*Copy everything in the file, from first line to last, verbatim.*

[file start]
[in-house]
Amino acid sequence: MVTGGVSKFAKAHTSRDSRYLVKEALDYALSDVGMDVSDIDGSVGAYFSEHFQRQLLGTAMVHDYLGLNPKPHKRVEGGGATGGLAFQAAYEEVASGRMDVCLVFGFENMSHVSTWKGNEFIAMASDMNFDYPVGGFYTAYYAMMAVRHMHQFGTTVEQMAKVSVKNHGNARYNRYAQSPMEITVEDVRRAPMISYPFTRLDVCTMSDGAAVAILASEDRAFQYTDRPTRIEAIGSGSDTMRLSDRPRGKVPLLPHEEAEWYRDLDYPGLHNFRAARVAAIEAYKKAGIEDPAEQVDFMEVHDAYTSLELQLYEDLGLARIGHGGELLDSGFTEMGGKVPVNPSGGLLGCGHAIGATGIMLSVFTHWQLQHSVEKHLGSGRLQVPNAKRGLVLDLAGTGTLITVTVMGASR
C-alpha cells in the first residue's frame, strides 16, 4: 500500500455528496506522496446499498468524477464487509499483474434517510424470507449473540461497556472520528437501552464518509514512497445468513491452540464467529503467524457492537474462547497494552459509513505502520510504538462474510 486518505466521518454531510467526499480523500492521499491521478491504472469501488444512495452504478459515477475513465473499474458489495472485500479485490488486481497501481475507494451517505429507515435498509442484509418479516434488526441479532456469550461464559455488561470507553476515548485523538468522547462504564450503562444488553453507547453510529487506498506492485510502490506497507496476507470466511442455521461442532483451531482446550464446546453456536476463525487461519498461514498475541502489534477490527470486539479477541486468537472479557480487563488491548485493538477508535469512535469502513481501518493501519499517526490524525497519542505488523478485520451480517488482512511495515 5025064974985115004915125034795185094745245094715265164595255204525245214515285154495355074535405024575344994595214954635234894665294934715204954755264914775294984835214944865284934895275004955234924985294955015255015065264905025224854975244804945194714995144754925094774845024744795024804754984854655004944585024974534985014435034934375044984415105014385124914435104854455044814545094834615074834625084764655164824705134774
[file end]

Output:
[in-house]
Amino acid sequence: MVTGGVSKFAKAHTSRDSRYLVKEALDYALSDVGMDVSDIDGSVGAYFSEHFQRQLLGTAMVHDYLGLNPKPHKRVEGGGATGGLAFQAAYEEVASGRMDVCLVFGFENMSHVSTWKGNEFIAMASDMNFDYPVGGFYTAYYAMMAVRHMHQFGTTVEQMAKVSVKNHGNARYNRYAQSPMEITVEDVRRAPMISYPFTRLDVCTMSDGAAVAILASEDRAFQYTDRPTRIEAIGSGSDTMRLSDRPRGKVPLLPHEEAEWYRDLDYPGLHNFRAARVAAIEAYKKAGIEDPAEQVDFMEVHDAYTSLELQLYEDLGLARIGHGGELLDSGFTEMGGKVPVNPSGGLLGCGHAIGATGIMLSVFTHWQLQHSVEKHLGSGRLQVPNAKRGLVLDLAGTGTLITVTVMGASR
C-alpha cells in the first residue's frame, strides 16, 4: 500500500455528496506522496446499498468524477464487509499483474434517510424470507449473540461497556472520528437501552464518509514512497445468513491452540464467529503467524457492537474462547497494552459509513505502520510504538462474510 486518505466521518454531510467526499480523500492521499491521478491504472469501488444512495452504478459515477475513465473499474458489495472485500479485490488486481497501481475507494451517505429507515435498509442484509418479516434488526441479532456469550461464559455488561470507553476515548485523538468522547462504564450503562444488553453507547453510529487506498506492485510502490506497507496476507470466511442455521461442532483451531482446550464446546453456536476463525487461519498461514498475541502489534477490527470486539479477541486468537472479557480487563488491548485493538477508535469512535469502513481501518493501519499517526490524525497519542505488523478485520451480517488482512511495515 5025064974985115004915125034795185094745245094715265164595255204525245214515285154495355074535405024575344994595214954635234894665294934715204954755264914775294984835214944865284934895275004955234924985294955015255015065264905025224854975244804945194714995144754925094774845024744795024804754984854655004944585024974534985014435034934375044984415105014385124914435104854455044814545094834615074834625084764655164824705134774